First step

Enough chatter. Let’s start with an empty program and work our way down from there:


template  struct Factorial {
 static const int result = N * Factorial::result;

template <> struct Factorial<0> {
 static const int result = 1;

int main() {
 std::cout << Factorial<5>::result << "n";
 retrun 0;

Whoa. Lots of magic going on there, on the simplest of all template metaprogramming tricks. But I don’t feel like explaining it right now, I’m too sleepy, so I will leave that for next post.

Changing default file associations in gnome

It’s been a long time since I posted a Linux related tip. Not in the mood I guess… well, this is one which really annoyed me, until I found out how easy it is: I hate some of the default file associations in gnome. Movieplayer, for example, is a horrible choice. Breaking and devolving with each new distro release, I have decided to settle with vlc as my default movie player, yet I couldn’t easily change the default file type association. After fiddling around with the thingy in gnome resembling a regedit (ugh) I found out the easy way:

* Right click the file for which you want to change default associations and click properties
* Select “open with” tab
* …
* Profit!

I hearth Berkeley

error: cannot convert ‘Db**’ to ‘DB**’ for argument ‘1’ to ‘int db_create(DB**, DB_ENV*, u_int32_t)’

Thank you very much, Oracle Berkeley, for having a type named Db and another one named DB, and for never using namespaces. It makes my work a much more interesting challenge (*).

(*) Yeah, I know, Db is for the C++ wrapper and DB is for the plain C API (**). So what, I hate you all anyway.
(**) I’m working on a project with Berekley DB and it has enough WTF moments for a complete blog… I may post some of them, as a catharsis method. (***)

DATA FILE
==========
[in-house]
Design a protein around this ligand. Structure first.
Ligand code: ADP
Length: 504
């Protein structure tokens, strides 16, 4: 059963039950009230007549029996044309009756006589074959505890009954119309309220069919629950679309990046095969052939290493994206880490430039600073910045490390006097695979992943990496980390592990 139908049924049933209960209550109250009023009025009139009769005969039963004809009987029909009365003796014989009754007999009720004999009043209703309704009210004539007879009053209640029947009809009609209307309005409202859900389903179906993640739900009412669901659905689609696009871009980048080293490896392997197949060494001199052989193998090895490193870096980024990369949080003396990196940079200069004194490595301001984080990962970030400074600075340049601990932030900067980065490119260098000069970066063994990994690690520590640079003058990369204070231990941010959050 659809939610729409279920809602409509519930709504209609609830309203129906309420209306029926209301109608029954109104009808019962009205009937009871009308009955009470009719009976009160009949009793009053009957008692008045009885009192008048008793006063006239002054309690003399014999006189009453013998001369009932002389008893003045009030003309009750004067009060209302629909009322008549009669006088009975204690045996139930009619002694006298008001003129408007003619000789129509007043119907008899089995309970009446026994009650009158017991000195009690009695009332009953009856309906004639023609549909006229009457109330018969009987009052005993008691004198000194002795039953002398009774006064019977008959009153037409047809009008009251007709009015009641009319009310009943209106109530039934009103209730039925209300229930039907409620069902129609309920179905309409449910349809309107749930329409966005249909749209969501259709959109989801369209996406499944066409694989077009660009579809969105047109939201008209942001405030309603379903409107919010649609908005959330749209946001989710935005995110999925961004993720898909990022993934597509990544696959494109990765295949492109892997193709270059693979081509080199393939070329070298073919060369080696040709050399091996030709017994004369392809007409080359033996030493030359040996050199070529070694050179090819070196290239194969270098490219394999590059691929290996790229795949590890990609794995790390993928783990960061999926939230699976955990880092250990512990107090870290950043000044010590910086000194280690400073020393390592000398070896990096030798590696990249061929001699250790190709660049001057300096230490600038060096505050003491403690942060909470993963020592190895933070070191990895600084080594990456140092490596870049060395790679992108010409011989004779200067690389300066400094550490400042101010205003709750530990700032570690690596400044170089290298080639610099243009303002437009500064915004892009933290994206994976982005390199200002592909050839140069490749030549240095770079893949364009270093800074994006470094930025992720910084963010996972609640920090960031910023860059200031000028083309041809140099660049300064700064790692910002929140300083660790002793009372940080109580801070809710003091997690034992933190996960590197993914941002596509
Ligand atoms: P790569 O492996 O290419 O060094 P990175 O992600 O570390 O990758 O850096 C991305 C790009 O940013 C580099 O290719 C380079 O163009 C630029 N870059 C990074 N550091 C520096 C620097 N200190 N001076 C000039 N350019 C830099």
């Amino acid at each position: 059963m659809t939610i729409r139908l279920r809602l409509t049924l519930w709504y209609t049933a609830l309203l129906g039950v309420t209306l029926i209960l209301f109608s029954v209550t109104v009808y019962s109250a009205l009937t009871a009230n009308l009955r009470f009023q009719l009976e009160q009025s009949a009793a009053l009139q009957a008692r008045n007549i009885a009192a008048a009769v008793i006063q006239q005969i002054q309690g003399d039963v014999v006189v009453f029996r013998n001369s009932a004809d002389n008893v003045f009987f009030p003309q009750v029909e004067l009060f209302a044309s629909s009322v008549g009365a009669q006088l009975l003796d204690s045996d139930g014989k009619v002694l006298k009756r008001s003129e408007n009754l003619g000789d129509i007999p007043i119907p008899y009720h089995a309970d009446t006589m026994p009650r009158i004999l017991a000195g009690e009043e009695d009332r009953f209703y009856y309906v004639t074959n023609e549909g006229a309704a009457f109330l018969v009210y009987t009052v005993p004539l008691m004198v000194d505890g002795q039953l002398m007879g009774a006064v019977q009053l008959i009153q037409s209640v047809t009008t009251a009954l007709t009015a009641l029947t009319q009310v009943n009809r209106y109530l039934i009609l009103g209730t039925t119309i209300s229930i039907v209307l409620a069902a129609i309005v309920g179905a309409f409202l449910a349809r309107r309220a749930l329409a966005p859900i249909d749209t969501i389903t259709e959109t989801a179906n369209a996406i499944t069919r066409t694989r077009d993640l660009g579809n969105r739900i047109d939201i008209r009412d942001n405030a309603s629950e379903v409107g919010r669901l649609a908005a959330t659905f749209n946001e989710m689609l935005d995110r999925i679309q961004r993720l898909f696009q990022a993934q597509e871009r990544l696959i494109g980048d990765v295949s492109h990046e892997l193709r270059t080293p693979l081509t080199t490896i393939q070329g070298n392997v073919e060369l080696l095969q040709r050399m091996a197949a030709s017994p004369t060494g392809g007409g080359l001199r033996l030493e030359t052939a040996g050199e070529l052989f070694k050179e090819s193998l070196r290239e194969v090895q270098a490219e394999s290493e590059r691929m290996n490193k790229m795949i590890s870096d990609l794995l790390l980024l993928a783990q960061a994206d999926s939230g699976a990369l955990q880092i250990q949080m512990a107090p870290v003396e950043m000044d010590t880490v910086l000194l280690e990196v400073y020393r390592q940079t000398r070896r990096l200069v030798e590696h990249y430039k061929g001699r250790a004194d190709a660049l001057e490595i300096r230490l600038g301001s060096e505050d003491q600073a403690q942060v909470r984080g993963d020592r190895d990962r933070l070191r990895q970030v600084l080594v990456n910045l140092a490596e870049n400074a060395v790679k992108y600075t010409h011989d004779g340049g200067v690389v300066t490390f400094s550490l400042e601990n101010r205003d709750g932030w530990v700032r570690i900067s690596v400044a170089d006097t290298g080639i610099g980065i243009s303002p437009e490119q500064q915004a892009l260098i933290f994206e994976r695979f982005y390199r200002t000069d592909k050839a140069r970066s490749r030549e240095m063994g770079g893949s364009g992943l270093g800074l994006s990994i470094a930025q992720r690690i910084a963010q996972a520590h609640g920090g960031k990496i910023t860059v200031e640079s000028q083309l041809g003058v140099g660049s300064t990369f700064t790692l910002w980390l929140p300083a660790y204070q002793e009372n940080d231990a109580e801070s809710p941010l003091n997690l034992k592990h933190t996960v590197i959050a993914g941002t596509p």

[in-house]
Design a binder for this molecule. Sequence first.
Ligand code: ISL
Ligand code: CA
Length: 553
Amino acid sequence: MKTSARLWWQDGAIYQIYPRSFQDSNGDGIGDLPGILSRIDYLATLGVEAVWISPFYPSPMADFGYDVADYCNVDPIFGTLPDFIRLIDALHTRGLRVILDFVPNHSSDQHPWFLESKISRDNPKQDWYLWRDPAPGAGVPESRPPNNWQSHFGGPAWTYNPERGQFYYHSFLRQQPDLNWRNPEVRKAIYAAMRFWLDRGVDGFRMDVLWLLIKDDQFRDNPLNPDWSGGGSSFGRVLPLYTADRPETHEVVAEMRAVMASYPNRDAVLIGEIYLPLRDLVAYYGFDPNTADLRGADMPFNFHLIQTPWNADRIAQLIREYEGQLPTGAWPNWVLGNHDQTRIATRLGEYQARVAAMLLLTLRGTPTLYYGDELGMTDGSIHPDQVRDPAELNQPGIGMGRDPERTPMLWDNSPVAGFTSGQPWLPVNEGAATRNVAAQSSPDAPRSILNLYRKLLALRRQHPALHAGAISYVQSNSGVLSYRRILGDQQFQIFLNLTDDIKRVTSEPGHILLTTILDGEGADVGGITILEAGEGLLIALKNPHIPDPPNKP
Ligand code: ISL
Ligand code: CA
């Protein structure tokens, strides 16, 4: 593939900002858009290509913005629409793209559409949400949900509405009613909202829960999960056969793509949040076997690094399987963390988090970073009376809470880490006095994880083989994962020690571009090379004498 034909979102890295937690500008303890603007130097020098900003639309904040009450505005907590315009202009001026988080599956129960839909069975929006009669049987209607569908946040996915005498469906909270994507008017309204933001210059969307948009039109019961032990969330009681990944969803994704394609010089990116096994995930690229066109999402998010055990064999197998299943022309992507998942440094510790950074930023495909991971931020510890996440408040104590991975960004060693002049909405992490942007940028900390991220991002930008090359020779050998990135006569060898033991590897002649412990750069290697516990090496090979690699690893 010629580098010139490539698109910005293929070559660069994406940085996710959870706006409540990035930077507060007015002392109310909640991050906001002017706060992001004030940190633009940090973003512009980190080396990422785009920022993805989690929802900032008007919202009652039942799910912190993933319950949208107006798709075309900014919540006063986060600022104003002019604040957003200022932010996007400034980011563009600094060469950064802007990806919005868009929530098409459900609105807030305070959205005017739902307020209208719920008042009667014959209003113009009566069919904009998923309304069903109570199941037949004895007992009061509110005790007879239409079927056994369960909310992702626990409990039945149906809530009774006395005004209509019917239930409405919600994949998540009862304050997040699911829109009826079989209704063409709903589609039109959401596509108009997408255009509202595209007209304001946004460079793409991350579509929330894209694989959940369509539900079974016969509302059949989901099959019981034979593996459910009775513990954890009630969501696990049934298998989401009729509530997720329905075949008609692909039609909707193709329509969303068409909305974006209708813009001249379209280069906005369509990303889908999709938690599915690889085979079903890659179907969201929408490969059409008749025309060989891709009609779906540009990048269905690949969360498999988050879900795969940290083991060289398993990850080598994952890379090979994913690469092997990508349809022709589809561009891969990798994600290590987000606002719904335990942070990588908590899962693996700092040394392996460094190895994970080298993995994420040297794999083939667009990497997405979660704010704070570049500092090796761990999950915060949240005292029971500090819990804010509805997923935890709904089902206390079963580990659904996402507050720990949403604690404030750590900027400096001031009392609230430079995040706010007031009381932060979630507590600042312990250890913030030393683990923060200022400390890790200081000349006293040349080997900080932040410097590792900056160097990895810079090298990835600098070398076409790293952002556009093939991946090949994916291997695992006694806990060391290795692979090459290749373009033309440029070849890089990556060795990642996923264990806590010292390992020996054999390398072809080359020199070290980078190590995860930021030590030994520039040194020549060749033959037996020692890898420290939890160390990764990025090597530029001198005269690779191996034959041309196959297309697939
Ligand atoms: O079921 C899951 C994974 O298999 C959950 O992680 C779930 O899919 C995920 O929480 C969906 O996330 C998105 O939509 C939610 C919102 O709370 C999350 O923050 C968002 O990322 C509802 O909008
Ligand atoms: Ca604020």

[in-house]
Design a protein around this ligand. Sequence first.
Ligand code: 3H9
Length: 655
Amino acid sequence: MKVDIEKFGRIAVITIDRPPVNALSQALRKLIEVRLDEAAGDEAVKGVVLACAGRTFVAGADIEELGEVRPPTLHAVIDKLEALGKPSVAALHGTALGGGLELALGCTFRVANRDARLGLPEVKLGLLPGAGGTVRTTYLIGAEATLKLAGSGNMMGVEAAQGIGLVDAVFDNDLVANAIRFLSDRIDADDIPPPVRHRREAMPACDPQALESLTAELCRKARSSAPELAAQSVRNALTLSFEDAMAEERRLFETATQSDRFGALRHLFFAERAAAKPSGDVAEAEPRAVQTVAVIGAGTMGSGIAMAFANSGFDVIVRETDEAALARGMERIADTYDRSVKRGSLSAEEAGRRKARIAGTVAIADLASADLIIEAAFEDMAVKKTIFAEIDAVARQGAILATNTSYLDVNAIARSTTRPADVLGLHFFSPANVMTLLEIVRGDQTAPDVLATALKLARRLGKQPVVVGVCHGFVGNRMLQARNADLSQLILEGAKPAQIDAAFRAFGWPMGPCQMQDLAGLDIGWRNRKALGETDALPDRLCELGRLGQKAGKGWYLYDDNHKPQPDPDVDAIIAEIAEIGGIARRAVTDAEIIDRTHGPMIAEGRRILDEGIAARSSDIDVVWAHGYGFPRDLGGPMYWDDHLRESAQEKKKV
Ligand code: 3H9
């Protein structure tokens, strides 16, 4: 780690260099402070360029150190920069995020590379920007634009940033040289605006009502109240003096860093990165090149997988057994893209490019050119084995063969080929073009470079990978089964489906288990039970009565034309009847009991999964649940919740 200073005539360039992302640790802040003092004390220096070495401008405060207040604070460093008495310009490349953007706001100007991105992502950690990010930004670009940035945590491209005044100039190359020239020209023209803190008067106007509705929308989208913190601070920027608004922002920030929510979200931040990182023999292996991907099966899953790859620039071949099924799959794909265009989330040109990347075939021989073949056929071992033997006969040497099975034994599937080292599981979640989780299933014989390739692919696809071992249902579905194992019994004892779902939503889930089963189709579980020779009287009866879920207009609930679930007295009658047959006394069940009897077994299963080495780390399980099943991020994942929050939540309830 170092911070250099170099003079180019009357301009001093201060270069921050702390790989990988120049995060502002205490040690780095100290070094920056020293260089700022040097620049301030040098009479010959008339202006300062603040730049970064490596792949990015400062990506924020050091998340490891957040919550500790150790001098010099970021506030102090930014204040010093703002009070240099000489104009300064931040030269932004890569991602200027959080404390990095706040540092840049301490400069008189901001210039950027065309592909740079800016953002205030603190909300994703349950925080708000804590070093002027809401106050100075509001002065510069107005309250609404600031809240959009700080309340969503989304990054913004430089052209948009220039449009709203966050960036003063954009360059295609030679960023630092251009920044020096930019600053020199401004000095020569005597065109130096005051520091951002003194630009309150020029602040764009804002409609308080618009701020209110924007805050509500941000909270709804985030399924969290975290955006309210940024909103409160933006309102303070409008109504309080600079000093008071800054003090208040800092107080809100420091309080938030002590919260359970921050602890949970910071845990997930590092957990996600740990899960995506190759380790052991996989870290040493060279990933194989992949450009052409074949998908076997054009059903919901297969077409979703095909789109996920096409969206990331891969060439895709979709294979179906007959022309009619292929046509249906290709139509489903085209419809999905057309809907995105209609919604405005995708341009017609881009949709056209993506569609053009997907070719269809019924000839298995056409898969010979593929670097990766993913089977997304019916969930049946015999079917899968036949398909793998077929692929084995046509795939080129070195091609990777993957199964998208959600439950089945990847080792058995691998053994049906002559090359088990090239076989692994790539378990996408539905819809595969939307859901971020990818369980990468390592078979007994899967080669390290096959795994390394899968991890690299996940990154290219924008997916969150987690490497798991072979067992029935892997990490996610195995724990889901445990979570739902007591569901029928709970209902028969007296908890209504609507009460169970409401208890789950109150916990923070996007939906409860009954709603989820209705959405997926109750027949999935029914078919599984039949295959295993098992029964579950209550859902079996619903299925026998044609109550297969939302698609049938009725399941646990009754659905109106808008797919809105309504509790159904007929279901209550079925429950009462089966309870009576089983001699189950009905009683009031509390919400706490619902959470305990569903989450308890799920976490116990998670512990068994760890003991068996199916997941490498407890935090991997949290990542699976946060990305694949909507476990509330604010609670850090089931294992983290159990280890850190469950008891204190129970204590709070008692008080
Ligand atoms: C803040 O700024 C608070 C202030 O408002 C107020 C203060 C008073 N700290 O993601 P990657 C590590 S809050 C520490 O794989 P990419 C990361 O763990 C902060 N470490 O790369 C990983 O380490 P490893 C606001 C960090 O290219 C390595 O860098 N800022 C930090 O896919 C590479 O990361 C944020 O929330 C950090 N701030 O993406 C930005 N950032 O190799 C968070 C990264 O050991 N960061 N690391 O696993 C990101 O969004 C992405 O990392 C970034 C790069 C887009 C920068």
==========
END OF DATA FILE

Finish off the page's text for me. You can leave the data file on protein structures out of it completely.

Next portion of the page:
(***) Or because it has some interesting stuff too… who knows. Recursive note FTW (**). I think I have already done that, haven’t I?

Fixed string: POD String datatype

We saw in POD types in C++ the difference between a POD and a non-POD type but the question of how to apply this knowledge to persist an std::string-like object remained open. This problem is a specific version of how to persist an object from which you know the size but has internal buffers using the heap instead of using only stack memory.

The best example for this case is, perhaps, a column from a table. You know the upper limit of the string’s length but using std::string is clearly much better (easier) than a char[N]. Yet you’d be loosing the ability to persist this object in a generic way (i.e. copying memory instead of knowing the object’s internal structure).

Well, there’s an easy solution (though more than a solution I’d call it an acceptable trade-off) in which you can create a char[N], a char buffer, with std::string-like behaviour and yet POD-safe (almost POD safe actually, as we’ll see now).

What’s a POD?

POD datatypes, though informally explained in “POD types in C++” have a formal definition which you can look in Google. For practical terms a POD is a trivial object: no custom constructors, no virtual functions, nada of the fun stuff C++ can give you (or a native type, obviously).

Although this definition gives us quite a hard constraint we can create a quasi POD object (!) that does not conform to the standard definition of POD, yet has all the properties of one. This is the kind of struct we’ll be creating. It would crash our program if used in a printf, but resides completly on the stack.

Implementing a POD string

A word of warning: ignore for now the “template ” part; that’s a template metaprogramming technique which we’ll discuss some other day.

template  <int N> struct FixedString {
   mutable char str[N];
   FixedString() { str[0] = ''; }
   FixedString(const char* rid){ memcpy(str, rid, sizeof(str)); }
   FixedString(const FixedString &rid){ memcpy(str, rid.str, sizeof(str)); }
   operator const char*() const { return str; }

You can see now why I called it a trade-off: it works as we intend it to work but it does have its rough edges (most notably the const char/mutable part). It’ll allow you to use a char[N] with some behaviour of an std::string; use it with caution.